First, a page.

“I just didn’t envision it like this,” said Green Bay’s Aaron Jones, who had nine catches for 129 yards and 12 carries for 41 yards.

San Francisco tied the game with 4:41 left thanks to a breakdown by Green Bay’s special teams, the Packers’ biggest weakness all season.

Jordan Willis’ outstretched left hand blocked a punt by Corey Bojorquez, who was kicking from the front of his end zone. Talanoa Hufanga picked up the ball at the 6-yard line and ran it in to make it 10-10.

After the Packers went three-and-out, the 49ers got the ball back at their 29 with 3:20 left and drove into field-goal range. Deebo Samuel delivered a 9-yard run on third-and-7 from the Green Bay 38, and the 49ers ran down the clock to set up Gould.

A.J. Dillon’s 6-yard touchdown run capped a 69-yard drive on the game’s opening possession that put the Packers ahead 7-0. Green Bay’s offense didn’t do much of anything after that.

Green Bay’s special teams fared even worse.

Well before that blocked punt, San Francisco’s Jimmie Ward blocked a 39-yard field-goal attempt from Mason Crosby on the final play of the first half, preventing the Packers from extending their lead to 10-0.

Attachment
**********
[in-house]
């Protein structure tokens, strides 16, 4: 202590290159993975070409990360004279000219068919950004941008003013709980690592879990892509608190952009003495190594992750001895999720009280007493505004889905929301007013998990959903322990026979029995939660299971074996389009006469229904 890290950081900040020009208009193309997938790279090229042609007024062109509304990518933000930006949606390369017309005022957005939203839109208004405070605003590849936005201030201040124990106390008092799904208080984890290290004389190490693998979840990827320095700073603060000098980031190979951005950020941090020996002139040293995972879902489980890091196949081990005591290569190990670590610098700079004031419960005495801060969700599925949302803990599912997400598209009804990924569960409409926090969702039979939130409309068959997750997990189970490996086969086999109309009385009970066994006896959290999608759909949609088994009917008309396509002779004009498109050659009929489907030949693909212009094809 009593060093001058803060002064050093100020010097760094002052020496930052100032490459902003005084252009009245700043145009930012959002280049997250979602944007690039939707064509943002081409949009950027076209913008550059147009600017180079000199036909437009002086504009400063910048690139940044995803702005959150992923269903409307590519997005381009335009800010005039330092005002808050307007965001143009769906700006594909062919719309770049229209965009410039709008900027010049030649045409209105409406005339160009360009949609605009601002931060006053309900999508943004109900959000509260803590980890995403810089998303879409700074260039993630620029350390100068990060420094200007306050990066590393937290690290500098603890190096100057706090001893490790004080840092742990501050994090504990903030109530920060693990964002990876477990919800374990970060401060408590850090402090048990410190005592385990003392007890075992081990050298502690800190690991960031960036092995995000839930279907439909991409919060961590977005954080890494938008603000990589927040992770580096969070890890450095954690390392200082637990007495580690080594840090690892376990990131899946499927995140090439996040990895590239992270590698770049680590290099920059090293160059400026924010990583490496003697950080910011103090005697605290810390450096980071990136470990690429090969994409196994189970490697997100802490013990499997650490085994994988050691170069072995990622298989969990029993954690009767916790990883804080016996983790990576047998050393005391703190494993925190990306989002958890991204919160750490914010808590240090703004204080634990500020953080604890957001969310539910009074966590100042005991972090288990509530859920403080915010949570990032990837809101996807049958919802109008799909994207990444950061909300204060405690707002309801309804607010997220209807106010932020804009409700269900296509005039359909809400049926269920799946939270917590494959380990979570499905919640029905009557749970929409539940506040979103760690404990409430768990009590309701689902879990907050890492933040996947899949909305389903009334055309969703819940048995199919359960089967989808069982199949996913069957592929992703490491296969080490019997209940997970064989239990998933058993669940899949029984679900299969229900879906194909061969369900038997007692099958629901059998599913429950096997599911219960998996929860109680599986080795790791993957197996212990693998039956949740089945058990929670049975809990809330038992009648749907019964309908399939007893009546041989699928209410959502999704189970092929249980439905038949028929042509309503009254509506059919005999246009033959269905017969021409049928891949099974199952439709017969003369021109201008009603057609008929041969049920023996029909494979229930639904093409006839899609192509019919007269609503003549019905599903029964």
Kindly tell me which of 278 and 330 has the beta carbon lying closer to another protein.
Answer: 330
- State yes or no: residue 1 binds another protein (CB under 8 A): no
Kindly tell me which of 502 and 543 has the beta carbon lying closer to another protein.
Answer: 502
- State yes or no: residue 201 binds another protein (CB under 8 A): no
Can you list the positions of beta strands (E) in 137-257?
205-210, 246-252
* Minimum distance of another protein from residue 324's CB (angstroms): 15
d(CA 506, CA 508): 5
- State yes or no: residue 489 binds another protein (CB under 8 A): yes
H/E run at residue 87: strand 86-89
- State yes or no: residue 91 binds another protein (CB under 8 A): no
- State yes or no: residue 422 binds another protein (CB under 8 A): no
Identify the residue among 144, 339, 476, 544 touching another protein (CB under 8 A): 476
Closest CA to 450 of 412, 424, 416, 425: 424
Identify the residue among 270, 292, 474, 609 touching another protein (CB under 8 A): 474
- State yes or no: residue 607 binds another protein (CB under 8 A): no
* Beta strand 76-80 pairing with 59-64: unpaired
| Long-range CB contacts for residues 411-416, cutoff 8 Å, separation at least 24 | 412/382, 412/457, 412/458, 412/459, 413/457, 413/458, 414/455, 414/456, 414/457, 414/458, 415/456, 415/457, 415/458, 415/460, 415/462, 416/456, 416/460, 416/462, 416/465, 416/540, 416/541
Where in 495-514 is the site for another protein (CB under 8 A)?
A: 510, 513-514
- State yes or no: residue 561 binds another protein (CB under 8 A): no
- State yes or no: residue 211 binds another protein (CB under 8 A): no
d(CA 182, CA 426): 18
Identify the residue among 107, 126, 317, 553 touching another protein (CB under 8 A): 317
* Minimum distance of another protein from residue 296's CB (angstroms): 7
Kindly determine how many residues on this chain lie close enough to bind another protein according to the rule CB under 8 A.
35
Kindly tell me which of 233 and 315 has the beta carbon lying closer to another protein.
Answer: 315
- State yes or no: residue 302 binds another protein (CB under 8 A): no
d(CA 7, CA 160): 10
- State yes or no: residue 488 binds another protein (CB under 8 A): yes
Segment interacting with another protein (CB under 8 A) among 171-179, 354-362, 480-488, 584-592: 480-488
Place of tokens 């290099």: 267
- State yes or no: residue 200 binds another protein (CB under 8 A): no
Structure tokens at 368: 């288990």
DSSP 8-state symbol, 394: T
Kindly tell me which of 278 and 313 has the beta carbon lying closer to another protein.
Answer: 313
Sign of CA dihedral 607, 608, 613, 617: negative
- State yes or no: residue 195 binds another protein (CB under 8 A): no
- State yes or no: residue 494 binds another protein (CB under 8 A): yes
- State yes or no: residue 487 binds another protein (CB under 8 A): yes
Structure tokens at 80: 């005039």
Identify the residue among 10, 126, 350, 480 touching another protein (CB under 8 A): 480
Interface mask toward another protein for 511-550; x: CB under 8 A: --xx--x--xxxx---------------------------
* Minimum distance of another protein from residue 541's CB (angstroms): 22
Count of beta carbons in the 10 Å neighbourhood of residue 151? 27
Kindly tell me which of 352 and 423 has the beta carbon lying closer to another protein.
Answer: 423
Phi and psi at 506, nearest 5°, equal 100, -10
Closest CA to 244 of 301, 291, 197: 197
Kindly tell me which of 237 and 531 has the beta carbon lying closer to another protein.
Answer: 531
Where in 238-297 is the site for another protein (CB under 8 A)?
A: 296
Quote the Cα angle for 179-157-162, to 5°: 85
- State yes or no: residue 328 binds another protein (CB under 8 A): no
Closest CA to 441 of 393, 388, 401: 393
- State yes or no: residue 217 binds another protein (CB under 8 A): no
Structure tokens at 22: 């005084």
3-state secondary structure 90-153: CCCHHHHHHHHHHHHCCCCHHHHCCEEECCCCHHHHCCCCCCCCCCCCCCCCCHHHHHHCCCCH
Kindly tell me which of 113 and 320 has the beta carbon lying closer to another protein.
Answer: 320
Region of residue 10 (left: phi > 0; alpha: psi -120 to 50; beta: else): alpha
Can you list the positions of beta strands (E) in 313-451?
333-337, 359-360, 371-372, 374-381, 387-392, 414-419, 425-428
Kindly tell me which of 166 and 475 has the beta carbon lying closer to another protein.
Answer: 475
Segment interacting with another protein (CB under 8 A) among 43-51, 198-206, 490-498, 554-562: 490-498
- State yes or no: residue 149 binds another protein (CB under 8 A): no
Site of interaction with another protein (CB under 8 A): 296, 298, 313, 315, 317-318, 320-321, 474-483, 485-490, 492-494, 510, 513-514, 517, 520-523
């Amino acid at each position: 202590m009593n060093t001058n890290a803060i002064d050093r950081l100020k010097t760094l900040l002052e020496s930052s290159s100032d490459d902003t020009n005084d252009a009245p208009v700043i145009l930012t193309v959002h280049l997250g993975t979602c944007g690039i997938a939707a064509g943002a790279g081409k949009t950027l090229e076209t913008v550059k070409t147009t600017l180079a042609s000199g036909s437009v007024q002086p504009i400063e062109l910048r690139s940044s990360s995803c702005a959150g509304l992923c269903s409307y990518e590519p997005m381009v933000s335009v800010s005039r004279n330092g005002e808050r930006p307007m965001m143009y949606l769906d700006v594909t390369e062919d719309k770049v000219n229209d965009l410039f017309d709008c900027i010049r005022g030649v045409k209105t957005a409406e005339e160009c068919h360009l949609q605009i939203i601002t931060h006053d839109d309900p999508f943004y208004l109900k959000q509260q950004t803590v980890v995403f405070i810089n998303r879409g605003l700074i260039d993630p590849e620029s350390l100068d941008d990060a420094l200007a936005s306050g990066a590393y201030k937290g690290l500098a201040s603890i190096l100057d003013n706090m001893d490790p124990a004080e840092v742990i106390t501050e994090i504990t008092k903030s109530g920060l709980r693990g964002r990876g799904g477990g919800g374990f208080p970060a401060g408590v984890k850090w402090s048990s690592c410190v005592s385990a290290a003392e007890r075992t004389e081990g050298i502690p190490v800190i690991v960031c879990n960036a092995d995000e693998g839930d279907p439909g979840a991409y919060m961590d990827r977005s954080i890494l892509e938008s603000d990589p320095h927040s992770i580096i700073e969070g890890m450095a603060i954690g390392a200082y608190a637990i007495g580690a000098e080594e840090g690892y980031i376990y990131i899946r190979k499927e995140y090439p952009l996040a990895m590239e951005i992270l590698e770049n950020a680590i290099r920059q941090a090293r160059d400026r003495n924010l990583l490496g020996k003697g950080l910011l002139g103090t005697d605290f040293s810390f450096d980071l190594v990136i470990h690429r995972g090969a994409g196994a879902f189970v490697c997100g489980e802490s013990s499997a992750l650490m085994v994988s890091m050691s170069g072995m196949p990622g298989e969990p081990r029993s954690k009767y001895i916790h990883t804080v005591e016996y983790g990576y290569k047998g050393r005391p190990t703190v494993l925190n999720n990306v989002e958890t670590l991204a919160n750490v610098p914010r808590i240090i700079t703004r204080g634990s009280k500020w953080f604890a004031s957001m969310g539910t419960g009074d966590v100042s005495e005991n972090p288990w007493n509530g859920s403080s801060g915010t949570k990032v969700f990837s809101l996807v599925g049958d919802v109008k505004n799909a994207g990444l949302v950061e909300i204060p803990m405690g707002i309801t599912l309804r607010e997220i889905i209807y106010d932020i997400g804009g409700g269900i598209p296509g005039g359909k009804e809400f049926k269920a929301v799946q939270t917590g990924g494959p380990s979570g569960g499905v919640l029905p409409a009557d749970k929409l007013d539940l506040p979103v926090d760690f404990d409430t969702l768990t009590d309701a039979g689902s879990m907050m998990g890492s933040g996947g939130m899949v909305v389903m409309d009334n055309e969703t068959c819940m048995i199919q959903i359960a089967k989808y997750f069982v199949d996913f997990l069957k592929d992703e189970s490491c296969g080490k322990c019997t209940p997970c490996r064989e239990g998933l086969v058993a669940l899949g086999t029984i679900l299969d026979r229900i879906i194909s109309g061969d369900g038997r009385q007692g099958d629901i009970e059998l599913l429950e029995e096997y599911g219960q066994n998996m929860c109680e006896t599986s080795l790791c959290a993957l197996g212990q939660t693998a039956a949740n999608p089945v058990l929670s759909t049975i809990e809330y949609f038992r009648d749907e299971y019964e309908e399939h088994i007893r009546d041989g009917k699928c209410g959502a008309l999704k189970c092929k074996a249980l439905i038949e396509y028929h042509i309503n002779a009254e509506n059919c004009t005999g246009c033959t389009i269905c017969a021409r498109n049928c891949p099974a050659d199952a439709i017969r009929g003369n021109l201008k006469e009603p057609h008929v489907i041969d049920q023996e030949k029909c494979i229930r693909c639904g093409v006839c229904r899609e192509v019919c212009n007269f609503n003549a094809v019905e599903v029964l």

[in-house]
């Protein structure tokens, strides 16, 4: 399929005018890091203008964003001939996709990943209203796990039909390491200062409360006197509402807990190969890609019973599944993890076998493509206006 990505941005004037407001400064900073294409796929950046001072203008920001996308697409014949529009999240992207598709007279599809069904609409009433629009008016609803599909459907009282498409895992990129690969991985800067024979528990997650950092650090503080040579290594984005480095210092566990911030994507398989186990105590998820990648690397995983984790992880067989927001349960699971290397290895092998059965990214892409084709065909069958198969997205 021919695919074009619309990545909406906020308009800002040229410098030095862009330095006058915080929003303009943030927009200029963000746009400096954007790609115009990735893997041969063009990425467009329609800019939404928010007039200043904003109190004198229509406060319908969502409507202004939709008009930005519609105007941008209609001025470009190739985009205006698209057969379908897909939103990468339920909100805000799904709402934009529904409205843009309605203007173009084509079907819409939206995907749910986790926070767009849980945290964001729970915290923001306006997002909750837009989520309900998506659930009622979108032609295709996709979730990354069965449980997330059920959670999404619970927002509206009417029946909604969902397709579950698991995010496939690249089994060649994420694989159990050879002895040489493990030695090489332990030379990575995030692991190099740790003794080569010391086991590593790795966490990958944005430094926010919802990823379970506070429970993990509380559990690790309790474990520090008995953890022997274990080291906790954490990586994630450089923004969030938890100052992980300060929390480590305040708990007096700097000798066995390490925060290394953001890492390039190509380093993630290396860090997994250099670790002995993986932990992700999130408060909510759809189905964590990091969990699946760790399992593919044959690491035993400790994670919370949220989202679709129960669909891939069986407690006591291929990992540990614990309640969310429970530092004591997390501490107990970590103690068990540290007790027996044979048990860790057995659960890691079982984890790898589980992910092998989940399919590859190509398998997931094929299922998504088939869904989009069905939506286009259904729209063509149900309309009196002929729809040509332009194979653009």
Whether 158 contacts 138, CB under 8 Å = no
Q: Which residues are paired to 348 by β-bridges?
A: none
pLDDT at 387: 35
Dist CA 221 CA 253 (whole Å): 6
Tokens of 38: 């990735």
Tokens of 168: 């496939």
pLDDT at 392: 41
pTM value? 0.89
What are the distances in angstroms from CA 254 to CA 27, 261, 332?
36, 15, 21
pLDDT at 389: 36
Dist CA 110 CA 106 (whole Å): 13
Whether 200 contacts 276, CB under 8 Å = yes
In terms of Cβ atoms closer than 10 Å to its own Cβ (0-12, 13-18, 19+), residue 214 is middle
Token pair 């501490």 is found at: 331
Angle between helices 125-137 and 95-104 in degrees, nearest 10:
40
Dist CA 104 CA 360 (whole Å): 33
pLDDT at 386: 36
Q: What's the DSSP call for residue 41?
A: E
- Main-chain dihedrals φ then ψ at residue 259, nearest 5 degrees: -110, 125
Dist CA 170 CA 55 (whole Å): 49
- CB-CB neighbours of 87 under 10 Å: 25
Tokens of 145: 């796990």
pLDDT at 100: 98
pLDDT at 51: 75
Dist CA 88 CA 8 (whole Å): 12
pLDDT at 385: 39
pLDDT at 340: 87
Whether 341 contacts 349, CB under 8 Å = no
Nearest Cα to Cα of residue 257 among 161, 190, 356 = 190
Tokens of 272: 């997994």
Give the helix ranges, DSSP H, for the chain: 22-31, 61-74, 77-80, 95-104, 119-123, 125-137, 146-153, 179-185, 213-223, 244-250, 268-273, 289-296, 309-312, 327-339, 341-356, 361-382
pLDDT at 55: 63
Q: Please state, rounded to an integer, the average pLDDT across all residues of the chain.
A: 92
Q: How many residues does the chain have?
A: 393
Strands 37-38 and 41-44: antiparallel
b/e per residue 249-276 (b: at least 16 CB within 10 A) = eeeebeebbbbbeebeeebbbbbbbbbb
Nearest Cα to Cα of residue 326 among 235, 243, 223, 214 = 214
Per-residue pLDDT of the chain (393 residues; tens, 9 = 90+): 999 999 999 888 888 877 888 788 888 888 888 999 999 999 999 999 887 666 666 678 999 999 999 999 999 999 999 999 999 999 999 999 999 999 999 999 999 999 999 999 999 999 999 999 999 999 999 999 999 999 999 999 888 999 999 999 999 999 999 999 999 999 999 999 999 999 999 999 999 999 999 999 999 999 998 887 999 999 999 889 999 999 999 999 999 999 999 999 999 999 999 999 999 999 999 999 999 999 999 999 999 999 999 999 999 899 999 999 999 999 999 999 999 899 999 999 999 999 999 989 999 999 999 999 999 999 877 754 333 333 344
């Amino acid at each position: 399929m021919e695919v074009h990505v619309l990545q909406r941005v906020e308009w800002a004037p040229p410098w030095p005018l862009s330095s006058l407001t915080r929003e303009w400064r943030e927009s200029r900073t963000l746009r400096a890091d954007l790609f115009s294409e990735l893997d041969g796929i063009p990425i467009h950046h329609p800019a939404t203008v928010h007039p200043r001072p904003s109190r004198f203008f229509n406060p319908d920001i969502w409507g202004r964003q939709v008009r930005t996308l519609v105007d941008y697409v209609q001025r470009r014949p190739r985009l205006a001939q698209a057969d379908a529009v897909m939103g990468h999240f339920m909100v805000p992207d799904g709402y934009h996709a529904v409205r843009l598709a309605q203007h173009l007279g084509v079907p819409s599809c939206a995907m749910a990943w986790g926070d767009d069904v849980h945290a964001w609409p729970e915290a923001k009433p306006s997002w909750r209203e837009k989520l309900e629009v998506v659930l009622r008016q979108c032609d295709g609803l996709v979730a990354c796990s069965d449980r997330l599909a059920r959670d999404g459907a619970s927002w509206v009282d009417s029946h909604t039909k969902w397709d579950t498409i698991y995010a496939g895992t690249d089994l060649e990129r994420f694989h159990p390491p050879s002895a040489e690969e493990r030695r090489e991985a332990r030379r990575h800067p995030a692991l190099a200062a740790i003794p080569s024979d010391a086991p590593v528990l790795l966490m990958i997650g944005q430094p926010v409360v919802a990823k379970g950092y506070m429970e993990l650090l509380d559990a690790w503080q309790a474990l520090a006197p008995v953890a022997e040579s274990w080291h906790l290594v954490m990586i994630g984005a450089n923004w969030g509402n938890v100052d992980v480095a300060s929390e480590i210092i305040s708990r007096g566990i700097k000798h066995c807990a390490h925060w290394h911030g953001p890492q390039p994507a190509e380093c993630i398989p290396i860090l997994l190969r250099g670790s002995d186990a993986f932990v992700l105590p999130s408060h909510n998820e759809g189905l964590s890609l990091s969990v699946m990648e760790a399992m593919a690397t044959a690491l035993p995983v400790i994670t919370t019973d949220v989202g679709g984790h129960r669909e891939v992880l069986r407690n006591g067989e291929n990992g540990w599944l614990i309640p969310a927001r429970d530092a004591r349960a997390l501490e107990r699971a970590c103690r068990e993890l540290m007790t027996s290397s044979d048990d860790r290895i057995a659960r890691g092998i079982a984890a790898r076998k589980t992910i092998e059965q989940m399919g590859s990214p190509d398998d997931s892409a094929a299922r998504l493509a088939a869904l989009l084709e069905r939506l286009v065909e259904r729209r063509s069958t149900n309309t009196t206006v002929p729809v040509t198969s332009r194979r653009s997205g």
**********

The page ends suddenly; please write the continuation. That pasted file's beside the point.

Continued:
The Packers also allowed Samuel to return the second-half kickoff 45 yards, setting up the 49ers’ first field goal. Green Bay also appeared to have only 10 men on the field when Gould made his winning kick.

“We thought our special teams had an advantage in this game,” 49ers coach Kyle Shanahan said. “We thought they had an opportunity to possibly win us the game. And to be able to say that and to actually come to fruition … was huge for those guys and huge for our team.”

San Francisco won by overcoming a brutal start from its offense. The 49ers had minus-10 yards in their first four series, three of which included third-down sacks. It was the first time the 49ers had opened a game with four straight three-and-outs since a 27-24 loss to the Minnesota Vikings on Sept. 27, 2009.

The 49ers didn’t get a single first down or pass completion until Garoppolo connected with George Kittle on a 15-yard gain with less than 6 ½ minutes left in the second quarter. Garoppolo was just 11 of 190 for 131 yards with an interception, but the 49ers still managed to win.

“It took everything,” Garoppolo said. “We knew it was going to. I mean, it was just offense, defense, special teams – everybody stepping up and doing their part. Wouldn’t have it any other way.”

THE TUNDRA

The temperature at kickoff was 14 degrees with a wind chill of zero, making it the fifth-coldest playoff game in Lambeau Field history. The second half was played amid snow flurries.